View Full Version : Value of L C Smith Shotgun
In 1988 our local priest gave me a shotgun for my then 8 year old daughter when she got big enough to hunt. He and I hunted ducks together and every year I would guide him on a hunt for deer, elk and antelope. He told me the shotgun had been given to him by the widow of a jeweler who had been a good friend of his and had passed away. The gun is an L C Smith Field grade 20 gauge made by Hunter Arms Co Inc M'F'R's Fulton .NY.US.A Serial Number F wE48883. Both barrels are marked ARMOR Steel. Both Side plates are marked L.C. Smith. It is not marked as to what lenght shells should be shot in it so I assume its a 2 3/4 chamber only. The gun is a minature of the 12 gauge. The stock is shorter and the forearm is also tiny. Engraved on the underside of the trigger guard is the name ADA B CUNNINGHAM. The gun is in excellent shape with the exception that a few of the screws show screw driver marks and the stock has a few small blemishes. The receiver appears to have a little wear on the finish but absolutely no rust. It also has two triggers. It has a 26 inch barrel and a three position safety with Safe in the middle and fire either up or down from there. I don't want to sell it but Im giving it to my daughter and want her to know what it is worth.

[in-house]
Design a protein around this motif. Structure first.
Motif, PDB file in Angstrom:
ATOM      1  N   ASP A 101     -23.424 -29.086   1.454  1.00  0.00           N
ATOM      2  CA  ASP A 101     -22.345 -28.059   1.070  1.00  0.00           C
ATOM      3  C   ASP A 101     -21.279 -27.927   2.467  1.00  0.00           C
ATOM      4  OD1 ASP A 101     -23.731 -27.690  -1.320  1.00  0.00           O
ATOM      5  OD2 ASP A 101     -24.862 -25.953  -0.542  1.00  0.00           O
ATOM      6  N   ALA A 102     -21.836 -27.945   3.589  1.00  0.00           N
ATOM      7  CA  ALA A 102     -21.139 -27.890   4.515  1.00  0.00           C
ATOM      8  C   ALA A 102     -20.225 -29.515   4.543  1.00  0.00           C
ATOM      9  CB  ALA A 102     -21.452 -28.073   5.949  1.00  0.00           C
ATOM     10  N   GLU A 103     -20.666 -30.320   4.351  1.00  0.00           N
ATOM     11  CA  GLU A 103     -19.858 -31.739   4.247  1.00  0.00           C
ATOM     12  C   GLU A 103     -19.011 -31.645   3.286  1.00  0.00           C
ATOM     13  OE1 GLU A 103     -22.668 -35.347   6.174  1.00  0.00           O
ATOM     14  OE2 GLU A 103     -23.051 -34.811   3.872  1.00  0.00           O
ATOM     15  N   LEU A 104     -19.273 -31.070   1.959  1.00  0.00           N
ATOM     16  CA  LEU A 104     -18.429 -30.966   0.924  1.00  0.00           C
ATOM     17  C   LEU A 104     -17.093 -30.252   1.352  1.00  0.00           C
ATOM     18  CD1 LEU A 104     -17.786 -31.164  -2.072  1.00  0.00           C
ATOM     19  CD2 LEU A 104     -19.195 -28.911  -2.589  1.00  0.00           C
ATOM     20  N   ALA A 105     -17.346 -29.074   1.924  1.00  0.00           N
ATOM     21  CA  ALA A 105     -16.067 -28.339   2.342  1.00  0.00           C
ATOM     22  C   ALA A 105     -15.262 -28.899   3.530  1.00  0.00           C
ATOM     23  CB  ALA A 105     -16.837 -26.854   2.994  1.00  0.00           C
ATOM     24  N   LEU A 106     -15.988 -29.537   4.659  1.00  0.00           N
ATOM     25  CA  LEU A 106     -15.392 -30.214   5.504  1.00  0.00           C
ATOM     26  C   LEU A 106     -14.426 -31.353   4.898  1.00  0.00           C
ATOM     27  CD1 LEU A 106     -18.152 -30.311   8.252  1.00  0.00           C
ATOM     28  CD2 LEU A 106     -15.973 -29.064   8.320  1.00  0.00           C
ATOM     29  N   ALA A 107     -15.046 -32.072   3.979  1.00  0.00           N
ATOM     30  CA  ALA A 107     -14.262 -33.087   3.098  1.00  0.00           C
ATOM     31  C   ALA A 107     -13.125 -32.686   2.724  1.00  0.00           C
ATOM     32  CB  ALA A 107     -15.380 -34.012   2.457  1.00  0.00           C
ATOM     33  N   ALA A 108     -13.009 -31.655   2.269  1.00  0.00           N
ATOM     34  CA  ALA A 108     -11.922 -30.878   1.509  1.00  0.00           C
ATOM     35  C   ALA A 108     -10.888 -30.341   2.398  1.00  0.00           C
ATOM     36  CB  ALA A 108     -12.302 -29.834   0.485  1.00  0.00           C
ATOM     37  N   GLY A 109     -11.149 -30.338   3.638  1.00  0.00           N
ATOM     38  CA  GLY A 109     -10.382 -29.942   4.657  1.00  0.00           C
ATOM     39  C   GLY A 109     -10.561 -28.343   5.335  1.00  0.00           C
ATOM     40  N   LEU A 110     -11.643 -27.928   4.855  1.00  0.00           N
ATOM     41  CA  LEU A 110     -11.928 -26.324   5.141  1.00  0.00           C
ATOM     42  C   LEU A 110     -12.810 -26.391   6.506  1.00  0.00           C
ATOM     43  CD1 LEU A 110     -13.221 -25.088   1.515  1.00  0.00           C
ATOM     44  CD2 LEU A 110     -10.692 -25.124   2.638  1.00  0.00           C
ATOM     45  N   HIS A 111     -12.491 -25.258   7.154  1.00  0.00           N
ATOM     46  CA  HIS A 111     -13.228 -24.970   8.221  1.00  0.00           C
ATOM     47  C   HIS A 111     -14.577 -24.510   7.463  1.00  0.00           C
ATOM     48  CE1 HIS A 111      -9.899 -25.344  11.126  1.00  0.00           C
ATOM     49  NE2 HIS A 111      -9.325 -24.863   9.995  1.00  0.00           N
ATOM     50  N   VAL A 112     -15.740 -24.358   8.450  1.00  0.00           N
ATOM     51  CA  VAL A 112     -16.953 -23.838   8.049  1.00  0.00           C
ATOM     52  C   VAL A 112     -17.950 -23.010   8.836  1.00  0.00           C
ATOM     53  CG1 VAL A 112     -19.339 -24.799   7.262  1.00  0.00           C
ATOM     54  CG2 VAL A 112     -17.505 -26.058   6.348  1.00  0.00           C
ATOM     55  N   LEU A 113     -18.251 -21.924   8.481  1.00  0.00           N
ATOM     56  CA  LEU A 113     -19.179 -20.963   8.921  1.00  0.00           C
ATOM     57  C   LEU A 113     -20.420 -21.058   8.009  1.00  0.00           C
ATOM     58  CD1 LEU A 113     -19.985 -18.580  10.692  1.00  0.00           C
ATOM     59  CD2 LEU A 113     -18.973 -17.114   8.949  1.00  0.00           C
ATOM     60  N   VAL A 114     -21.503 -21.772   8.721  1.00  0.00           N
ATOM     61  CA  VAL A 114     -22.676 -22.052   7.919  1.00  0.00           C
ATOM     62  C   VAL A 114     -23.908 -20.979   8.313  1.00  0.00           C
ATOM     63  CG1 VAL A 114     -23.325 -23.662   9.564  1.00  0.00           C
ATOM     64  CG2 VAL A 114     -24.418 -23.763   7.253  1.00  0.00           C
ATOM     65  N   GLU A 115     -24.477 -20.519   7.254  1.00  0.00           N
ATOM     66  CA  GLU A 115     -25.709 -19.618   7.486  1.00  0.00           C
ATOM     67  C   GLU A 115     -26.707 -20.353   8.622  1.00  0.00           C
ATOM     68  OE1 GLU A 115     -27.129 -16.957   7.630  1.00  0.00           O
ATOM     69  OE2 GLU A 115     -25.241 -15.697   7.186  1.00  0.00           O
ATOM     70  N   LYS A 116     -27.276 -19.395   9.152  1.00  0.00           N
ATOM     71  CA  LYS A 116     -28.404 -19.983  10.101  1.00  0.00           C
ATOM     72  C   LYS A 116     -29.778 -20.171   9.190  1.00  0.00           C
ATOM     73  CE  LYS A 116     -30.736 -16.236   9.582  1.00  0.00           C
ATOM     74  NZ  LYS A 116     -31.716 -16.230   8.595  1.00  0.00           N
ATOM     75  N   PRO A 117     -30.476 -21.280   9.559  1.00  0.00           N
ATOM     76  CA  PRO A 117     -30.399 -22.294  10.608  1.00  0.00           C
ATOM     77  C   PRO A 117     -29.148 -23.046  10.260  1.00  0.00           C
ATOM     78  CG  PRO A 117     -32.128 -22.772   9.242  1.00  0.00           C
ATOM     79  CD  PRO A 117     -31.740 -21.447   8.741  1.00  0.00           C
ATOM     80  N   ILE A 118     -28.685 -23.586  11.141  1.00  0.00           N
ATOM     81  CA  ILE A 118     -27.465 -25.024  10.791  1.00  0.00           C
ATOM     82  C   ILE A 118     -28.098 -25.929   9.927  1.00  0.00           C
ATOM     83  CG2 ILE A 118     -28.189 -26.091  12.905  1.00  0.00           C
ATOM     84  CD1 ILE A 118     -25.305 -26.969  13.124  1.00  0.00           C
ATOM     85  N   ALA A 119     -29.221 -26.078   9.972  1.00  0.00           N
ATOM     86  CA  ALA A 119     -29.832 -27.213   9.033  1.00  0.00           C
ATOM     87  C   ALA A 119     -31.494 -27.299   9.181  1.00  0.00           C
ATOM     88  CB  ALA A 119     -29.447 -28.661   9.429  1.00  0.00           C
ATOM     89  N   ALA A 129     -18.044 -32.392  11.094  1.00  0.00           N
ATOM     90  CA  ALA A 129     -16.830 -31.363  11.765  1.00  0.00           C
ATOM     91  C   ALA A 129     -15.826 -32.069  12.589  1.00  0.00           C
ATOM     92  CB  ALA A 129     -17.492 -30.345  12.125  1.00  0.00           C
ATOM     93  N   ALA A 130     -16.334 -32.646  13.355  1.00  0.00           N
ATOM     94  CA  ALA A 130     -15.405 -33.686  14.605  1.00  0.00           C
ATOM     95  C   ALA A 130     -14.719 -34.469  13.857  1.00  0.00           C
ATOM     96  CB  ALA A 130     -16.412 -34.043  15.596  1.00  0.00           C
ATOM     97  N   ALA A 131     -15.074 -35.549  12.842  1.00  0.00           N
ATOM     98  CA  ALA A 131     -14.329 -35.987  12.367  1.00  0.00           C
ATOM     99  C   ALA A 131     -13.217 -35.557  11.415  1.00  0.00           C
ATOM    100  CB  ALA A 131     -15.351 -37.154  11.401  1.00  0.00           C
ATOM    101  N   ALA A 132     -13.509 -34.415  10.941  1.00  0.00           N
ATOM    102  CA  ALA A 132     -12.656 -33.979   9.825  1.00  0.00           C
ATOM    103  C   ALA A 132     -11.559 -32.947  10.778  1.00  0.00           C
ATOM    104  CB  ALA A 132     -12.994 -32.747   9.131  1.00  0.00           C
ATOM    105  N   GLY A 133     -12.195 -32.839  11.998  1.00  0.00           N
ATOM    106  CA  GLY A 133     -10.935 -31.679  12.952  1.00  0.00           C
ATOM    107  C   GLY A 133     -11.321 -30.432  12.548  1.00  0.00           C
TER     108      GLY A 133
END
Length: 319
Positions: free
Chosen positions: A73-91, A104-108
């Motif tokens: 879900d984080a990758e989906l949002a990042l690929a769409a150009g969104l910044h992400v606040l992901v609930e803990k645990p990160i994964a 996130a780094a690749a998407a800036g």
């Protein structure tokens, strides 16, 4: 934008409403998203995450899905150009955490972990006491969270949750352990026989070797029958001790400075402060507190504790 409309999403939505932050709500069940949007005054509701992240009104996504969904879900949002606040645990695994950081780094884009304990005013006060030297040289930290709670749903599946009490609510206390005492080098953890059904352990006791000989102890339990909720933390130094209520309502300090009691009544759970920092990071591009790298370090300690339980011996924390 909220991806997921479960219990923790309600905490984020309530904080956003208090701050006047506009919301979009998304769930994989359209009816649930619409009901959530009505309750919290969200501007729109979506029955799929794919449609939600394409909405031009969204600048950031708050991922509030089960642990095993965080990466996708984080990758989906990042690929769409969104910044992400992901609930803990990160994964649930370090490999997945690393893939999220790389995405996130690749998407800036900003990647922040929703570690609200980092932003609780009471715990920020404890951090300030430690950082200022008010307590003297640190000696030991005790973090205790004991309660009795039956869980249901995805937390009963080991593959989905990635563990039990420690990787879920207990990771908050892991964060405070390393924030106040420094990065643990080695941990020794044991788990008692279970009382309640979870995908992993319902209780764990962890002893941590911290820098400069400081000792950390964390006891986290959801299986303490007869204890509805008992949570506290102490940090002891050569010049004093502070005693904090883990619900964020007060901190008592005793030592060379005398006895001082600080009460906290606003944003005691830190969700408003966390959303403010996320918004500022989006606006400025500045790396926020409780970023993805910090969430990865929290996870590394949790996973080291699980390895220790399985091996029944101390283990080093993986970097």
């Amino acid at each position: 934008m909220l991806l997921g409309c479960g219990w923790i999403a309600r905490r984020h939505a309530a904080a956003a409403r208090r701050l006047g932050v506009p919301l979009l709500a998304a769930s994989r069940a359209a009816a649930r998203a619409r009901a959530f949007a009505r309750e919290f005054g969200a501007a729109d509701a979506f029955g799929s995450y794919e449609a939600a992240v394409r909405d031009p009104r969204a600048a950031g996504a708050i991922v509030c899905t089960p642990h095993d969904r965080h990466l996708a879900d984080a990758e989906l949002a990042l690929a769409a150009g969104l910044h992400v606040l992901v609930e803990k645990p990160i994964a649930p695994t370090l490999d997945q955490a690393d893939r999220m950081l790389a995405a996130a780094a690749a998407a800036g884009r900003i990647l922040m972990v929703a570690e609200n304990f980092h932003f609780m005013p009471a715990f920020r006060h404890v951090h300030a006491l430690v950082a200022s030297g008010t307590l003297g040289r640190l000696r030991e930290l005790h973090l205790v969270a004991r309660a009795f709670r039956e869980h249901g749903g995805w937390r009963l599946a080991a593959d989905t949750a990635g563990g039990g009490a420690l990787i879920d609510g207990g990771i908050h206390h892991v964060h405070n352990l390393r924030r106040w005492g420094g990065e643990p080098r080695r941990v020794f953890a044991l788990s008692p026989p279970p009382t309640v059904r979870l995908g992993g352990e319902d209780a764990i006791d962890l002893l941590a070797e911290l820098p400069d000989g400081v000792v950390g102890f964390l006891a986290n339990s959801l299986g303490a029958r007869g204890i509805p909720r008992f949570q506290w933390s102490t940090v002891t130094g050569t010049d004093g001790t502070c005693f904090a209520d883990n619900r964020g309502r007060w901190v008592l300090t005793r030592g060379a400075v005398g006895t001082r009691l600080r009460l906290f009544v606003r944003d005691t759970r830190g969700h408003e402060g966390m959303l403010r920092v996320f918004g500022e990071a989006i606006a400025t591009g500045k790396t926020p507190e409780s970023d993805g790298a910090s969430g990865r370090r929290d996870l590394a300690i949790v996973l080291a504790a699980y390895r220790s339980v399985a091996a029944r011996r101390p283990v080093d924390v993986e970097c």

08-18-2006, 10:30 PM
Plain extractors in exc. shaper around $1100 and around $700 in good shape
Auto. ejectors in exc. shape around $1300 in good around $1000
20 GAUGE ADD UP TO 50% .410 ADD UP TO 400%
It has auto ejectors and I believe it to be in very good shape. So I can assume it might be worth 1300 to 1600 ball park?
08-18-2006, 10:46 PM
Sounds about right
I don't know too much about these old shot guns someone else should be around for a second opion
Thanks for your input anyway. My daughter is a firefighter for the Forest Service. She is on a helitac crew and rappels to fires. I plan to take her pheasant hunting this winter when she finally gets a day off and give her the gun for keeps. I think the time has come when she will take care of it and understand its value not only in cash but in sentimental value. I plan to trade her out of the 870 youth pump shotgun I gave her on her 12th birthday and let her gun up a little with the beautiful little L C Smith. Not a great trade for me but hopefully one she will remember!